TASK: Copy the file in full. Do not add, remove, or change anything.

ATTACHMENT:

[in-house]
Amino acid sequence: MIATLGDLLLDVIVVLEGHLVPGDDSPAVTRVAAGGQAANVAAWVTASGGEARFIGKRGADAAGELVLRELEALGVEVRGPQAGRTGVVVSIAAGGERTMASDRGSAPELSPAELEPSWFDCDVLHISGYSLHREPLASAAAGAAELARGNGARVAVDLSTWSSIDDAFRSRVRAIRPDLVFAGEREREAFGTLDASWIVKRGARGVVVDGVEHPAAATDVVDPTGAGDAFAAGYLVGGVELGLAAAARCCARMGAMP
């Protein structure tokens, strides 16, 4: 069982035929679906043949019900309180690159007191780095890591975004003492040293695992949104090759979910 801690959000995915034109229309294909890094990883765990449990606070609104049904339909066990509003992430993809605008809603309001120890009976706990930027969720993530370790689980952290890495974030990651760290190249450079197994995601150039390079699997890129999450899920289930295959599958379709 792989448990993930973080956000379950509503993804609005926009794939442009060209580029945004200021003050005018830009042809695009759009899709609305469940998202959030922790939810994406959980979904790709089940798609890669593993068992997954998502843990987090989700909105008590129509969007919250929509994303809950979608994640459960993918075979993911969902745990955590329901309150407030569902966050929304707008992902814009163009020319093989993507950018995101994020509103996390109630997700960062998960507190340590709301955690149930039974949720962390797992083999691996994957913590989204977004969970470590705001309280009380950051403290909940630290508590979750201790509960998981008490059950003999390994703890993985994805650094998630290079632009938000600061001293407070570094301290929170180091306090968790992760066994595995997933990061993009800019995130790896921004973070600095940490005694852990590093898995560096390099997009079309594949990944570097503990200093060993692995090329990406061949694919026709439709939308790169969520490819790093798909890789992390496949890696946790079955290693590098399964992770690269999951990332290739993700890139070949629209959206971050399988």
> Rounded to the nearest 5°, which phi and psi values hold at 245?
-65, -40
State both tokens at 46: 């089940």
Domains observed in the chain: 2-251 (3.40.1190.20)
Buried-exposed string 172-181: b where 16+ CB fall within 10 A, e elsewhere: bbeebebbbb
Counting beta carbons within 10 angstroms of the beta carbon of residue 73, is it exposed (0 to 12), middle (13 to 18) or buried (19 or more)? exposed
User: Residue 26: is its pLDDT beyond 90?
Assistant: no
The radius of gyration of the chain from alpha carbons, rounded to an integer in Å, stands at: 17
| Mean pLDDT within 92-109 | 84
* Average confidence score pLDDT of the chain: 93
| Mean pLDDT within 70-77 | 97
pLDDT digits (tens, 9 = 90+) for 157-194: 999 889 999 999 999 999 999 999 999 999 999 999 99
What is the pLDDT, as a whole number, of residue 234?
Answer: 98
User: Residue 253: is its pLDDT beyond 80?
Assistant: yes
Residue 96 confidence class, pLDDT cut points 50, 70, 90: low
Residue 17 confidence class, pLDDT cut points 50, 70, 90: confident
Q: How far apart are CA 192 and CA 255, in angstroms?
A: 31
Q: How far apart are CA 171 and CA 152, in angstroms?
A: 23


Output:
[in-house]
Amino acid sequence: MIATLGDLLLDVIVVLEGHLVPGDDSPAVTRVAAGGQAANVAAWVTASGGEARFIGKRGADAAGELVLRELEALGVEVRGPQAGRTGVVVSIAAGGERTMASDRGSAPELSPAELEPSWFDCDVLHISGYSLHREPLASAAAGAAELARGNGARVAVDLSTWSSIDDAFRSRVRAIRPDLVFAGEREREAFGTLDASWIVKRGARGVVVDGVEHPAAATDVVDPTGAGDAFAAGYLVGGVELGLAAAARCCARMGAMP
């Protein structure tokens, strides 16, 4: 069982035929679906043949019900309180690159007191780095890591975004003492040293695992949104090759979910 801690959000995915034109229309294909890094990883765990449990606070609104049904339909066990509003992430993809605008809603309001120890009976706990930027969720993530370790689980952290890495974030990651760290190249450079197994995601150039390079699997890129999450899920289930295959599958379709 792989448990993930973080956000379950509503993804609005926009794939442009060209580029945004200021003050005018830009042809695009759009899709609305469940998202959030922790939810994406959980979904790709089940798609890669593993068992997954998502843990987090989700909105008590129509969007919250929509994303809950979608994640459960993918075979993911969902745990955590329901309150407030569902966050929304707008992902814009163009020319093989993507950018995101994020509103996390109630997700960062998960507190340590709301955690149930039974949720962390797992083999691996994957913590989204977004969970470590705001309280009380950051403290909940630290508590979750201790509960998981008490059950003999390994703890993985994805650094998630290079632009938000600061001293407070570094301290929170180091306090968790992760066994595995997933990061993009800019995130790896921004973070600095940490005694852990590093898995560096390099997009079309594949990944570097503990200093060993692995090329990406061949694919026709439709939308790169969520490819790093798909890789992390496949890696946790079955290693590098399964992770690269999951990332290739993700890139070949629209959206971050399988």
> Rounded to the nearest 5°, which phi and psi values hold at 245?
-65, -40
State both tokens at 46: 């089940």
Domains observed in the chain: 2-251 (3.40.1190.20)
Buried-exposed string 172-181: b where 16+ CB fall within 10 A, e elsewhere: bbeebebbbb
Counting beta carbons within 10 angstroms of the beta carbon of residue 73, is it exposed (0 to 12), middle (13 to 18) or buried (19 or more)? exposed
User: Residue 26: is its pLDDT beyond 90?
Assistant: no
The radius of gyration of the chain from alpha carbons, rounded to an integer in Å, stands at: 17
| Mean pLDDT within 92-109 | 84
* Average confidence score pLDDT of the chain: 93
| Mean pLDDT within 70-77 | 97
pLDDT digits (tens, 9 = 90+) for 157-194: 999 889 999 999 999 999 999 999 999 999 999 999 99
What is the pLDDT, as a whole number, of residue 234?
Answer: 98
User: Residue 253: is its pLDDT beyond 80?
Assistant: yes
Residue 96 confidence class, pLDDT cut points 50, 70, 90: low
Residue 17 confidence class, pLDDT cut points 50, 70, 90: confident
Q: How far apart are CA 192 and CA 255, in angstroms?
A: 31
Q: How far apart are CA 171 and CA 152, in angstroms?
A: 23